FIGURE 23.1. Color flow image in transverse view of the origin of the celiac artery from the aorta. The “seagull sign” is formed by the celiac artery bifurcation into the common hepatic and splenic arteries. The blue color in the splenic artery is caused by flow away from the transducer relative to the ultrasound scan lines.
FIGURE 23.2. Color flow image and Doppler spectral waveform from a normal celiac artery. The flow pattern is typical of a low-resistance vascular bed, with forward flow throughout the cardiac cycle. Peak systolic velocity (PSV) is 94 cm/s and end-diastolic velocity (EDV) is 30 cm/s.
Careful attention to Doppler angle correction for velocity measurements is necessary because these vessels may be tortuous. Close attention should also be given to the Doppler pulse repetition frequency (PRF) and the orientation of the color-scale bar. The colors on the top half of the scale are assigned to flow coming toward the scan head, and the colors on the bottom half represent flow away from the scan head. Flow direction becomes especially important when the celiac artery is occluded or severely stenotic. In this situation, low pressure in the celiac artery induces SMA collaterals to divert blood toward the liver and spleen through the gastroduodenal artery (GDA). The GDA backfills the common hepatic artery such that retrograde flow in the common hepatic crosses the celiac artery origin to perfuse the splenic artery (Fig. 23.3). The finding of retrograde flow direction in the common hepatic artery is always associated with severe celiac artery stenosis or occlusion. Additionally, poststenotic turbulence in the splenic and hepatic arteries can be indirect signs of a celiac artery stenosis.
FIGURE 23.3. Color flow image and Doppler spectral waveform illustrating the importance of color scale and pulse repetition frequency (PRF). The pulsed Doppler sample volume is positioned in the common hepatic artery, and both the spectral waveform and the color flow image (red) indicate flow toward the scan head. This represents retrograde collateral flow in the common hepatic artery, crossing the celiac bifurcation and providing antegrade flow in the splenic artery away from the scan head (blue).
The SMA typically originates from the anterior surface of the aorta 1 to 2 cm below the celiac artery. It is best visualized in a sagittal plane as it courses parallel to the aorta with the left renal vein running between the SMA and aorta. The normal fasting SMA Doppler spectral waveform is triphasic (high resistance) with a brief phase of reversed flow followed by little or no flow in the second half of the cardiac cycle, similar to the pattern found in the major upper and lower extremity arteries (Fig. 23.4). The SMA should be scanned as far distally as possible, obtaining Doppler spectral waveforms from the proximal, middle, and distal segments.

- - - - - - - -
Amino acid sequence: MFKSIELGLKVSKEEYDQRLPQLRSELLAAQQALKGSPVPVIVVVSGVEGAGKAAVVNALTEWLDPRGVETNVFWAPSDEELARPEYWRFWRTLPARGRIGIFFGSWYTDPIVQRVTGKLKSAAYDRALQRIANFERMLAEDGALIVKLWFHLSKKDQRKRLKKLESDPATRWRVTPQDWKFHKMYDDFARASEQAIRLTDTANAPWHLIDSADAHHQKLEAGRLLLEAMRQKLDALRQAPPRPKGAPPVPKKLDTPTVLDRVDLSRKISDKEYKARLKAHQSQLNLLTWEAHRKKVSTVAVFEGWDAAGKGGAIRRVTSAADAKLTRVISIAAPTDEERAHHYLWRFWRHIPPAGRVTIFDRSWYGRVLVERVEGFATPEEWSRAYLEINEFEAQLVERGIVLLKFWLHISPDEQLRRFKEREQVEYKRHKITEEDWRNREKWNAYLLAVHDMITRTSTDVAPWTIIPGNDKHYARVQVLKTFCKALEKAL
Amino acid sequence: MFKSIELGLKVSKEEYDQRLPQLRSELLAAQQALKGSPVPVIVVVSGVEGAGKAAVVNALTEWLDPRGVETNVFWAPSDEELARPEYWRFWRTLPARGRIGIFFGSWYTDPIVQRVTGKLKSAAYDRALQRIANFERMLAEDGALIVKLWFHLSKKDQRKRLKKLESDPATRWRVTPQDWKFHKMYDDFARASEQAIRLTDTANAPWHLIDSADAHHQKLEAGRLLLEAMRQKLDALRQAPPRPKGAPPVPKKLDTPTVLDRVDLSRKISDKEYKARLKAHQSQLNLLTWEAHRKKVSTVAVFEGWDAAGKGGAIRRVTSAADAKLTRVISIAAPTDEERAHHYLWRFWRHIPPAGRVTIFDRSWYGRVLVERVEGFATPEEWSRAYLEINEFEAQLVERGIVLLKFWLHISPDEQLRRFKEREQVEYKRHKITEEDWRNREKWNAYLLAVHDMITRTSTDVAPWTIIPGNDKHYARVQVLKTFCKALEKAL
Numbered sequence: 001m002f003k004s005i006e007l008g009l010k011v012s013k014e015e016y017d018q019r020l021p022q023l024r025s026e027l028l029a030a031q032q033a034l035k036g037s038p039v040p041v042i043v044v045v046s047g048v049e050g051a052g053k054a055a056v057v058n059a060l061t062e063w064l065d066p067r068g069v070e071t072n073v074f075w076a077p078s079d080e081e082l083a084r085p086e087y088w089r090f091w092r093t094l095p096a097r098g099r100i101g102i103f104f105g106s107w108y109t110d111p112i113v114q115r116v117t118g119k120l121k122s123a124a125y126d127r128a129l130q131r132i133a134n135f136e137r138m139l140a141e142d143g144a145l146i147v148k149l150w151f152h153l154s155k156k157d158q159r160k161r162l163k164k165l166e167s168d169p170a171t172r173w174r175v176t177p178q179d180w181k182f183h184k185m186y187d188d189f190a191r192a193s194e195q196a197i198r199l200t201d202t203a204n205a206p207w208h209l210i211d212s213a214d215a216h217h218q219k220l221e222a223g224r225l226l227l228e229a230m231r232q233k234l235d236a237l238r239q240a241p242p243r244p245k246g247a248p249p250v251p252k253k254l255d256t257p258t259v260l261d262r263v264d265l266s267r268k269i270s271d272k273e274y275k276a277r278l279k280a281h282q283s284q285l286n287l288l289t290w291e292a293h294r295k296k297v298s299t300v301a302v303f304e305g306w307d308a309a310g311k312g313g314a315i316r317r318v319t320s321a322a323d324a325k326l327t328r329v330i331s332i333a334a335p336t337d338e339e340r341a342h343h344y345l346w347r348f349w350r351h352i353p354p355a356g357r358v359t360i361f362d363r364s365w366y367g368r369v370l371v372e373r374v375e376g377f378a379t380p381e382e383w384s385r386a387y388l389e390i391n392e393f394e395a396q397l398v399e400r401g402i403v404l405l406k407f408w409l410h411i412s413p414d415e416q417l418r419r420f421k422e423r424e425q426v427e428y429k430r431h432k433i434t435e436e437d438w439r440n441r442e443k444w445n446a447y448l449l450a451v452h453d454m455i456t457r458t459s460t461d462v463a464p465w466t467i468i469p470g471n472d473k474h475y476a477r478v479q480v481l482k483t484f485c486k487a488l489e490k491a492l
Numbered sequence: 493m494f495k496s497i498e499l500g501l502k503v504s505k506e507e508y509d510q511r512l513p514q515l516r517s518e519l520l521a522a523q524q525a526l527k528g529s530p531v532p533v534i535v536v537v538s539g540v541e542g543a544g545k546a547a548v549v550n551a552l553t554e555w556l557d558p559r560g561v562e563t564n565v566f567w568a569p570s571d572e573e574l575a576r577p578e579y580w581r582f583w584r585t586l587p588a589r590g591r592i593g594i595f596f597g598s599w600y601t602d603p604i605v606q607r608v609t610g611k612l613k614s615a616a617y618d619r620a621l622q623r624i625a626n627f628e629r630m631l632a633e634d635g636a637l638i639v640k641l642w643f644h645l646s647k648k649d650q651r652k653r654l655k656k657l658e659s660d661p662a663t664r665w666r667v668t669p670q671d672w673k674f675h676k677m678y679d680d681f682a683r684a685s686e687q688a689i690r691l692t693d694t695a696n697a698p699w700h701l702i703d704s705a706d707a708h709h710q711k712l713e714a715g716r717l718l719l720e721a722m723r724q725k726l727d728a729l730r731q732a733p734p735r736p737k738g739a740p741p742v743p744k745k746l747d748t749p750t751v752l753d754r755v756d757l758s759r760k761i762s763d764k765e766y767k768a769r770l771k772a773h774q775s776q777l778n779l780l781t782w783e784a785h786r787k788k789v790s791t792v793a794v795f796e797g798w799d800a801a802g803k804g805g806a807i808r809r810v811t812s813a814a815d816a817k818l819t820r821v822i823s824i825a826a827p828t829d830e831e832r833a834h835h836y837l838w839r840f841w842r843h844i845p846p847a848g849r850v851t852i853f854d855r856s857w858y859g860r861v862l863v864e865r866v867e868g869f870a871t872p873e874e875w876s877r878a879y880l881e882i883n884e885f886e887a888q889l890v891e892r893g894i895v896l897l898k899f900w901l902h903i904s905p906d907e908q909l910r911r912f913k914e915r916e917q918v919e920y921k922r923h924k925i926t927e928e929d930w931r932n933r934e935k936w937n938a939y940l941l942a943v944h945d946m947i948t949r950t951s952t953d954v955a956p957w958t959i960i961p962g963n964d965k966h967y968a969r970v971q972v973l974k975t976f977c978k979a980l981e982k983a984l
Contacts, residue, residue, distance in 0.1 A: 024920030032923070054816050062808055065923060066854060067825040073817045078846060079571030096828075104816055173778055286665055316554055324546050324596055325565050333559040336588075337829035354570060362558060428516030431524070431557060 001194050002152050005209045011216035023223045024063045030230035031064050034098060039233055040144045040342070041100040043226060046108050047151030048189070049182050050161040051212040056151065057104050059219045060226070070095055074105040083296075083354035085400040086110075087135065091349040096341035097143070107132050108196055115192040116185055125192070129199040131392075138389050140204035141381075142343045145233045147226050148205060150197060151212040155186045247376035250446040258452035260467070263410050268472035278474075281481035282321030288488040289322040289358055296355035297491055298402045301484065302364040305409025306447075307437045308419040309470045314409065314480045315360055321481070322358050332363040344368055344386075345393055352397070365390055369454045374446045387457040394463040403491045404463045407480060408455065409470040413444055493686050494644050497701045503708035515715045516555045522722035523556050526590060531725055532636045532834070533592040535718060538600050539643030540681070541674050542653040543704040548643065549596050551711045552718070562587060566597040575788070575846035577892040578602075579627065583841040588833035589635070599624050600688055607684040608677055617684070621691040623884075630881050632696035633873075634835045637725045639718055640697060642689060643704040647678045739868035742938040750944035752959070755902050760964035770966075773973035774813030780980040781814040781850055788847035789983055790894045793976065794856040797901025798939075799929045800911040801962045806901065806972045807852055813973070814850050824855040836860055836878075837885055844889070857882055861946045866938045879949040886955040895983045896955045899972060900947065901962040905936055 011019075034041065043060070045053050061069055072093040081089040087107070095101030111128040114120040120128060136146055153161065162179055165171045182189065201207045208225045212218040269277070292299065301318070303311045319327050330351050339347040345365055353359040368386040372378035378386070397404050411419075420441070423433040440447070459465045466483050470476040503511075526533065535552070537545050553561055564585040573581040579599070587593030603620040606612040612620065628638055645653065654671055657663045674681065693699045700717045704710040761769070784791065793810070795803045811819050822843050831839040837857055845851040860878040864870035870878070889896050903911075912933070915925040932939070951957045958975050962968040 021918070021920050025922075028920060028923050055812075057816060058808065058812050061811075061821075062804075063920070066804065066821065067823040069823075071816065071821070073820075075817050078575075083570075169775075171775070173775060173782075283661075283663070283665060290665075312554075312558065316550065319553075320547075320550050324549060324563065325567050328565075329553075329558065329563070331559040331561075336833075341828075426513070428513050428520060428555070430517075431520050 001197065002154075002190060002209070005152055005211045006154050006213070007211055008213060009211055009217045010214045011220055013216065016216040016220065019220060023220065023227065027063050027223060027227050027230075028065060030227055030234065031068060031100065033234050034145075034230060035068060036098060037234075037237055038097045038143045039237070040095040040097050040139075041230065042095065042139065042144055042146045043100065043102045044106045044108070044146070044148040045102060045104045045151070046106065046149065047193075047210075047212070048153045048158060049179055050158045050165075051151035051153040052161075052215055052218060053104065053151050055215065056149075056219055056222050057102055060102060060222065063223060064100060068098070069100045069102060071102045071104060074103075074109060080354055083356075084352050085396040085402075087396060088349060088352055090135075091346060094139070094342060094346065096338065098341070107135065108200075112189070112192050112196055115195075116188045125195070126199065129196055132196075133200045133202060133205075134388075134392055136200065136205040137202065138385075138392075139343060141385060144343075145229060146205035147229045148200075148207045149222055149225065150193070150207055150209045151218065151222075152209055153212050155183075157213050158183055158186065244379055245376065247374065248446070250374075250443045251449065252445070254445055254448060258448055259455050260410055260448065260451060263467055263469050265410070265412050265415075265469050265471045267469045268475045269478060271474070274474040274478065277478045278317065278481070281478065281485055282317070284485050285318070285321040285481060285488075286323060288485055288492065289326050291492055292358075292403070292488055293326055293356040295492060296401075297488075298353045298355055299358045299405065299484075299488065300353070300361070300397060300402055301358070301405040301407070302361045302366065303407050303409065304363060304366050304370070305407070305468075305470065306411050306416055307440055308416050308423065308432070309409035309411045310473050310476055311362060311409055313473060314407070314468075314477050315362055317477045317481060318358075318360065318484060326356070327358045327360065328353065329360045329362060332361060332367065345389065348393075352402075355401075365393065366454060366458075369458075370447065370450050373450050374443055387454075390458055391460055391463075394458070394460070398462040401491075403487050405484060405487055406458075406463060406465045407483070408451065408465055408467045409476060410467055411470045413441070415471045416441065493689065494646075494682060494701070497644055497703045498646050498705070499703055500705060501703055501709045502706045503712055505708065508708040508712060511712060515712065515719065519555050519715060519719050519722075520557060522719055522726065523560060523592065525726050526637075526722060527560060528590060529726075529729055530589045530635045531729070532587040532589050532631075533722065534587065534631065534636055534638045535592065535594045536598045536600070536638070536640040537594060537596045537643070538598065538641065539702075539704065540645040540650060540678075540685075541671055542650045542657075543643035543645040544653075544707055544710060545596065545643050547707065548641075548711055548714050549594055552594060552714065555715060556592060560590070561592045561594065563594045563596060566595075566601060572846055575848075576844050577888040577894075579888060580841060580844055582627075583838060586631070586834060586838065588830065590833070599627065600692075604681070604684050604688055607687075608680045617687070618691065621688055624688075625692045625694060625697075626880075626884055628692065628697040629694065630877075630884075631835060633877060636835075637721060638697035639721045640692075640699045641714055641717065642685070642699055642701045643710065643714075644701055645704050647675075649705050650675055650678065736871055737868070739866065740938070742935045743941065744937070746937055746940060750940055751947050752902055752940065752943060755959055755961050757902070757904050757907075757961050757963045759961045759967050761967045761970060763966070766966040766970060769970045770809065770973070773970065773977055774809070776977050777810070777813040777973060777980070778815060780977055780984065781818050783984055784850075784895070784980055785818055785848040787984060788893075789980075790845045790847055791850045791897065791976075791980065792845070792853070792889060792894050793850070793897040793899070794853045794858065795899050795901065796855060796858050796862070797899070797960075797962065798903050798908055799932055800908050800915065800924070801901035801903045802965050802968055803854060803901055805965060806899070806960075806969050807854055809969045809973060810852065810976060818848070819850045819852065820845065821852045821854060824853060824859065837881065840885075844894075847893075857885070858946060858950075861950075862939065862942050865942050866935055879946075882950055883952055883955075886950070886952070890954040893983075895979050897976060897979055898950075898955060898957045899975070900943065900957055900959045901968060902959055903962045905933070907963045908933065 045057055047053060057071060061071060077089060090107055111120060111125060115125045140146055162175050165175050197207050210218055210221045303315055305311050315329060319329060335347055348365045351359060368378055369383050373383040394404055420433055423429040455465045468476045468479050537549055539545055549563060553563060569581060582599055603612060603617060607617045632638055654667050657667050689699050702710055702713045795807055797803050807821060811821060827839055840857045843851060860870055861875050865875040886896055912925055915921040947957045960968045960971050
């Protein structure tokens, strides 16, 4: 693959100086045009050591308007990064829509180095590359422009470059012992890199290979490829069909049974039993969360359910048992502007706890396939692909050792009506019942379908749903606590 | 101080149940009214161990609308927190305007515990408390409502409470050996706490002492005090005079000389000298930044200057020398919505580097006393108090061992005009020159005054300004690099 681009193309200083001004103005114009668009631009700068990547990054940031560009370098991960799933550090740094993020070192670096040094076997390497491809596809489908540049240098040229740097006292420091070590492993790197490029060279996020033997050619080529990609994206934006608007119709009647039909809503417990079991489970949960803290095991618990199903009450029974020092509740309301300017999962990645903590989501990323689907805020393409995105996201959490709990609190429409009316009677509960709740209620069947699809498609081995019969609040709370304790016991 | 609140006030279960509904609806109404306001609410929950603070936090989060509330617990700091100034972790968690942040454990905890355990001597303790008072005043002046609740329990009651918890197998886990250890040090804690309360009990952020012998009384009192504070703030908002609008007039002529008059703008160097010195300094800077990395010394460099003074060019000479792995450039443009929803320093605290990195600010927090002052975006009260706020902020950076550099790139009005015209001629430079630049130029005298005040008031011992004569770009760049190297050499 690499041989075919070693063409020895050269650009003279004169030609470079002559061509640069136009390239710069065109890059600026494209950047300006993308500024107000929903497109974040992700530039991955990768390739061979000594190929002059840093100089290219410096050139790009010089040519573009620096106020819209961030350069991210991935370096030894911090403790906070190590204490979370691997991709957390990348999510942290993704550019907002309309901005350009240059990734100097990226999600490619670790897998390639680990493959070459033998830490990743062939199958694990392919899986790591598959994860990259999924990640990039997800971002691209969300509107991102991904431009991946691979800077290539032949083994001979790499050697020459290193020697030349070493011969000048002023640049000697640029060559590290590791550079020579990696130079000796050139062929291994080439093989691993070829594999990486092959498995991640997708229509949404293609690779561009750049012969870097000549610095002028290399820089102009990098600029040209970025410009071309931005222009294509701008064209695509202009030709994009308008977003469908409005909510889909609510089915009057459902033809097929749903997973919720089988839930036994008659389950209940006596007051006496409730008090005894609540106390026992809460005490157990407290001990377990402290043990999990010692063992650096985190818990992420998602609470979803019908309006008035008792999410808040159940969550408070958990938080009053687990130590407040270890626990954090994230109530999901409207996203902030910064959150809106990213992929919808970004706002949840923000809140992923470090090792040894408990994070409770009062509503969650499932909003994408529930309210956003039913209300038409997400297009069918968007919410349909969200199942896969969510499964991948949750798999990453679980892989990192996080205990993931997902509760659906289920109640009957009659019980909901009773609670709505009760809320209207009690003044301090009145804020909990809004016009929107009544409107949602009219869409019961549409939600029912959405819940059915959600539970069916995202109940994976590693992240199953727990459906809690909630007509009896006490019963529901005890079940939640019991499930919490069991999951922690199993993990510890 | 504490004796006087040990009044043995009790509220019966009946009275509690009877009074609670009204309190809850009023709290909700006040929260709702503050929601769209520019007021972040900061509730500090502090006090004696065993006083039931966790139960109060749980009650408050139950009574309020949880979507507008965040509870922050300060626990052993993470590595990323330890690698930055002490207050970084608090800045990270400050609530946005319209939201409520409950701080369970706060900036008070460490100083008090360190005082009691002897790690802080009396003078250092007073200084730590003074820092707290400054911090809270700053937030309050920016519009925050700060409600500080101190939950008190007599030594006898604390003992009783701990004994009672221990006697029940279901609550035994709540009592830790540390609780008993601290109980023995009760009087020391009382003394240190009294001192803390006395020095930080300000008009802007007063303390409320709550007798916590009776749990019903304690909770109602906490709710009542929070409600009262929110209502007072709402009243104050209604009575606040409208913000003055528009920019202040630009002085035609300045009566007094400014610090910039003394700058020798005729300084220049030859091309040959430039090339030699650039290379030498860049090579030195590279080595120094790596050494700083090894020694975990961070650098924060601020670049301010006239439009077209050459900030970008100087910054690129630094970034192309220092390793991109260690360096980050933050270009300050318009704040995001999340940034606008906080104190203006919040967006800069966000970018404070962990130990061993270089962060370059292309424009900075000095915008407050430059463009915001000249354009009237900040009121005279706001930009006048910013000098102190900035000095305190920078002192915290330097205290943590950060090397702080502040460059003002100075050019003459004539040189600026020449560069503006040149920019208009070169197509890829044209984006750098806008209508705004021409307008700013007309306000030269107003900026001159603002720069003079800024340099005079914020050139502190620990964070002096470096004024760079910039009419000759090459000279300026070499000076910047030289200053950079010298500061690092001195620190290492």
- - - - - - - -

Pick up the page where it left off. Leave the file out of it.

FIGURE 23.4. Color flow image and Doppler spectral waveform from a normal superior mesenteric artery (SMA) showing a high-resistance triphasic flow pattern in a fasting patient. The color flow image shows the origin and proximal segment of the SMA in sagittal view. Note placement of the angle cursor for Doppler angle correction along the curve near the vessel origin. Peak systolic velocity (PSV) is 173 cm/s and end-diastolic velocity (EDV) is 30 cm/s.
The IMA is most easily identified in a transverse view by locating the aortic bifurcation and then scanning proximally up the distal abdominal aorta for 1 to 2 cm. The IMA usually originates from the aorta slightly to the left of the anterior midline (i.e., the 1 or 2 o’clock position on a transverse image) (Fig. 23.5). Normal Doppler spectral waveforms from the IMA resemble those from the fasting SMA with a high-resistance pattern.
FIGURE 23.5. Transverse color flow image of a normal inferior mesenteric artery (IMA) originating from the distal aorta slightly to the left of the anterior midline at about the 1 o’clock position. The spectral waveform shows a high-resistance (triphasic) flow pattern with a peak systolic velocity of 223 cm/s.
Attempts should be made to visualize the origins of both the celiac artery and the SMA in the same duplex image to confirm correct identification of these vessels, particularly when both arteries have elevated velocities and abnormal Doppler spectral waveforms (Fig. 23.6). This may require rotating the scan head slightly or moving laterally and angling the scan head back toward the midline. As with the renal duplex examination, there is movement of these arteries with respiration, and asking the patient to suspend breathing momentarily while recording Doppler waveforms can be very helpful. It is possible for the Doppler sample volume to inadvertently slip from one artery to the other, and keeping these vessels as still as possible helps avoid errors. If there is air in the epigastrium, light pressure with the scan head can push it out of the way. When midline scars from abdominal surgery cause shadowing, moving the scan head laterally and angling toward the midline may help with visualization.